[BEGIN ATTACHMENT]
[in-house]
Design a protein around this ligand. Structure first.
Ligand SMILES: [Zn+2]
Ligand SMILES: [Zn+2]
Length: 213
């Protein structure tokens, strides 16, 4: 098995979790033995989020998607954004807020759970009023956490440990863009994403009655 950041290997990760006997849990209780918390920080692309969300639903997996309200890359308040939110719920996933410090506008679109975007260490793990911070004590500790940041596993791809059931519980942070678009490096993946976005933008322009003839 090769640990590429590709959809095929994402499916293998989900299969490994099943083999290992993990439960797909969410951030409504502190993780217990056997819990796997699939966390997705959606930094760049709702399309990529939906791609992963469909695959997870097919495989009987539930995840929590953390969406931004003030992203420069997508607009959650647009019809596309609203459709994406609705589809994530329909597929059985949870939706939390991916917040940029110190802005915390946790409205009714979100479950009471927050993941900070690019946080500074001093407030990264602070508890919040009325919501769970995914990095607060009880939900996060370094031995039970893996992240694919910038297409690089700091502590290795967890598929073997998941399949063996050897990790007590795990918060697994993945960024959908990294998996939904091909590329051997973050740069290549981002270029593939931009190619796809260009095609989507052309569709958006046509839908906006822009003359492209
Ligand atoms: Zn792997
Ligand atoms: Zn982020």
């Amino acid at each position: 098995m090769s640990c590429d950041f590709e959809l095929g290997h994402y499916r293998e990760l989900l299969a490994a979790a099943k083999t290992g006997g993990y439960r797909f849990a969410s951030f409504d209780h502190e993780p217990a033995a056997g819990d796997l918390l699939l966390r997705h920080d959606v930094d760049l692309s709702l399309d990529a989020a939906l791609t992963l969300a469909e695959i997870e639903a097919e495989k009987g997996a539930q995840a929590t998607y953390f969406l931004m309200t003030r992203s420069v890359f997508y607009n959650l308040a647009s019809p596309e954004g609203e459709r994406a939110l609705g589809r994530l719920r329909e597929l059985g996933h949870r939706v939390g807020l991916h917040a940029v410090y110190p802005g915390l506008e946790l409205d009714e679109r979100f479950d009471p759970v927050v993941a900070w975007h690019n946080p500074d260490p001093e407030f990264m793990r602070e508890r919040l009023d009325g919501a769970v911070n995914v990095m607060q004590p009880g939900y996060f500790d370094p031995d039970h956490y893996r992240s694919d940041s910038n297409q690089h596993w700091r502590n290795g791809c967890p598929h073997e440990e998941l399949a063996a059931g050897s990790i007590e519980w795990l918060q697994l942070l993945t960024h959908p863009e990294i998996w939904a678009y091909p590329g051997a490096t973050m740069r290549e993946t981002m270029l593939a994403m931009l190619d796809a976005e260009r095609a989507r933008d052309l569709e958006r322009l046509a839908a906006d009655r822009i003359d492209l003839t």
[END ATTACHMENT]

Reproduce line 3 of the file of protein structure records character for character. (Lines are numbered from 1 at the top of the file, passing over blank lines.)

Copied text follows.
Ligand SMILES: [Zn+2]